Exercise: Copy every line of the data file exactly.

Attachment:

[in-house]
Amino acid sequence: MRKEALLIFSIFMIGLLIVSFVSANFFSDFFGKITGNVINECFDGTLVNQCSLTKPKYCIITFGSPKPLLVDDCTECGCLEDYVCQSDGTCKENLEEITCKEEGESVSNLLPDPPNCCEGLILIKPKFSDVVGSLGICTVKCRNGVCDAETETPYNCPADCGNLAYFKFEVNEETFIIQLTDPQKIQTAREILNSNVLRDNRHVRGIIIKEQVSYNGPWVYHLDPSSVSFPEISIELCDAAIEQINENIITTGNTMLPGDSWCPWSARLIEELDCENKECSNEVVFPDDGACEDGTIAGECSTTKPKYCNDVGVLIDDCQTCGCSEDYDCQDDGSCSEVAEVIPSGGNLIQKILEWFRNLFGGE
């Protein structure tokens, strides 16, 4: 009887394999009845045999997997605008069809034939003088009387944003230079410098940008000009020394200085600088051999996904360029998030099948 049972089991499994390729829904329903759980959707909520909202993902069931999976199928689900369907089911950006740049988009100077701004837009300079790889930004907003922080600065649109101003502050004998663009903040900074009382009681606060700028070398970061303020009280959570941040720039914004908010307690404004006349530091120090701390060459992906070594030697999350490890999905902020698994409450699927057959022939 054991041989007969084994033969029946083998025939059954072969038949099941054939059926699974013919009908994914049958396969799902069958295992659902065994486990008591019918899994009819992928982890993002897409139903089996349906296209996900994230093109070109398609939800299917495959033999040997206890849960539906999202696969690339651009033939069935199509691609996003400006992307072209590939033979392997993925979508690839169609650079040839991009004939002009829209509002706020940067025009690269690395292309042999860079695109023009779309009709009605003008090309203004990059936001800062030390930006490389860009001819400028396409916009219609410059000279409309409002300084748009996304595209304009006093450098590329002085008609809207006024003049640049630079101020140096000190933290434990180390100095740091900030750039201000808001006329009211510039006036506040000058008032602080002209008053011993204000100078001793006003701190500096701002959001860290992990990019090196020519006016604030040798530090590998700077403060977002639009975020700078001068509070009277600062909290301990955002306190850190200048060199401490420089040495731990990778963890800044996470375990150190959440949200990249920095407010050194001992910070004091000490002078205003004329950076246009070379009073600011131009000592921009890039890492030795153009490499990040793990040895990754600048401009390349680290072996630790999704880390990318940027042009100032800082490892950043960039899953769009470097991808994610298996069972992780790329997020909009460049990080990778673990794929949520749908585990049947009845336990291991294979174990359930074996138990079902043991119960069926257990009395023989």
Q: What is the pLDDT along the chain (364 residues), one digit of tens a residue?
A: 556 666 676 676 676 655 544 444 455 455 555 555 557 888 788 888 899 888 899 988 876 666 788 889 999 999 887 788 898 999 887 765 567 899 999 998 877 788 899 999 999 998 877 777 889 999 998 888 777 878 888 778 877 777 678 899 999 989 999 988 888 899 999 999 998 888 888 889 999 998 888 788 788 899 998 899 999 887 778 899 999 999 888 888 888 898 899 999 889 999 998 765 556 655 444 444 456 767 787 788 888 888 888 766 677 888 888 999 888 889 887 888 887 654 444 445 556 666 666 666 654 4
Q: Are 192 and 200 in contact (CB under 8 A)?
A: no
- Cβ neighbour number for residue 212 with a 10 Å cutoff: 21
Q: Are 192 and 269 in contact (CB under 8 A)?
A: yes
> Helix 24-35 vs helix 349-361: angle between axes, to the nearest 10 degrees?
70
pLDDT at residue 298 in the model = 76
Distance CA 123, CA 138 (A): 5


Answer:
[in-house]
Amino acid sequence: MRKEALLIFSIFMIGLLIVSFVSANFFSDFFGKITGNVINECFDGTLVNQCSLTKPKYCIITFGSPKPLLVDDCTECGCLEDYVCQSDGTCKENLEEITCKEEGESVSNLLPDPPNCCEGLILIKPKFSDVVGSLGICTVKCRNGVCDAETETPYNCPADCGNLAYFKFEVNEETFIIQLTDPQKIQTAREILNSNVLRDNRHVRGIIIKEQVSYNGPWVYHLDPSSVSFPEISIELCDAAIEQINENIITTGNTMLPGDSWCPWSARLIEELDCENKECSNEVVFPDDGACEDGTIAGECSTTKPKYCNDVGVLIDDCQTCGCSEDYDCQDDGSCSEVAEVIPSGGNLIQKILEWFRNLFGGE
């Protein structure tokens, strides 16, 4: 009887394999009845045999997997605008069809034939003088009387944003230079410098940008000009020394200085600088051999996904360029998030099948 049972089991499994390729829904329903759980959707909520909202993902069931999976199928689900369907089911950006740049988009100077701004837009300079790889930004907003922080600065649109101003502050004998663009903040900074009382009681606060700028070398970061303020009280959570941040720039914004908010307690404004006349530091120090701390060459992906070594030697999350490890999905902020698994409450699927057959022939 054991041989007969084994033969029946083998025939059954072969038949099941054939059926699974013919009908994914049958396969799902069958295992659902065994486990008591019918899994009819992928982890993002897409139903089996349906296209996900994230093109070109398609939800299917495959033999040997206890849960539906999202696969690339651009033939069935199509691609996003400006992307072209590939033979392997993925979508690839169609650079040839991009004939002009829209509002706020940067025009690269690395292309042999860079695109023009779309009709009605003008090309203004990059936001800062030390930006490389860009001819400028396409916009219609410059000279409309409002300084748009996304595209304009006093450098590329002085008609809207006024003049640049630079101020140096000190933290434990180390100095740091900030750039201000808001006329009211510039006036506040000058008032602080002209008053011993204000100078001793006003701190500096701002959001860290992990990019090196020519006016604030040798530090590998700077403060977002639009975020700078001068509070009277600062909290301990955002306190850190200048060199401490420089040495731990990778963890800044996470375990150190959440949200990249920095407010050194001992910070004091000490002078205003004329950076246009070379009073600011131009000592921009890039890492030795153009490499990040793990040895990754600048401009390349680290072996630790999704880390990318940027042009100032800082490892950043960039899953769009470097991808994610298996069972992780790329997020909009460049990080990778673990794929949520749908585990049947009845336990291991294979174990359930074996138990079902043991119960069926257990009395023989």
Q: What is the pLDDT along the chain (364 residues), one digit of tens a residue?
A: 556 666 676 676 676 655 544 444 455 455 555 555 557 888 788 888 899 888 899 988 876 666 788 889 999 999 887 788 898 999 887 765 567 899 999 998 877 788 899 999 999 998 877 777 889 999 998 888 777 878 888 778 877 777 678 899 999 989 999 988 888 899 999 999 998 888 888 889 999 998 888 788 788 899 998 899 999 887 778 899 999 999 888 888 888 898 899 999 889 999 998 765 556 655 444 444 456 767 787 788 888 888 888 766 677 888 888 999 888 889 887 888 887 654 444 445 556 666 666 666 654 4
Q: Are 192 and 200 in contact (CB under 8 A)?
A: no
- Cβ neighbour number for residue 212 with a 10 Å cutoff: 21
Q: Are 192 and 269 in contact (CB under 8 A)?
A: yes
> Helix 24-35 vs helix 349-361: angle between axes, to the nearest 10 degrees?
70
pLDDT at residue 298 in the model = 76
Distance CA 123, CA 138 (A): 5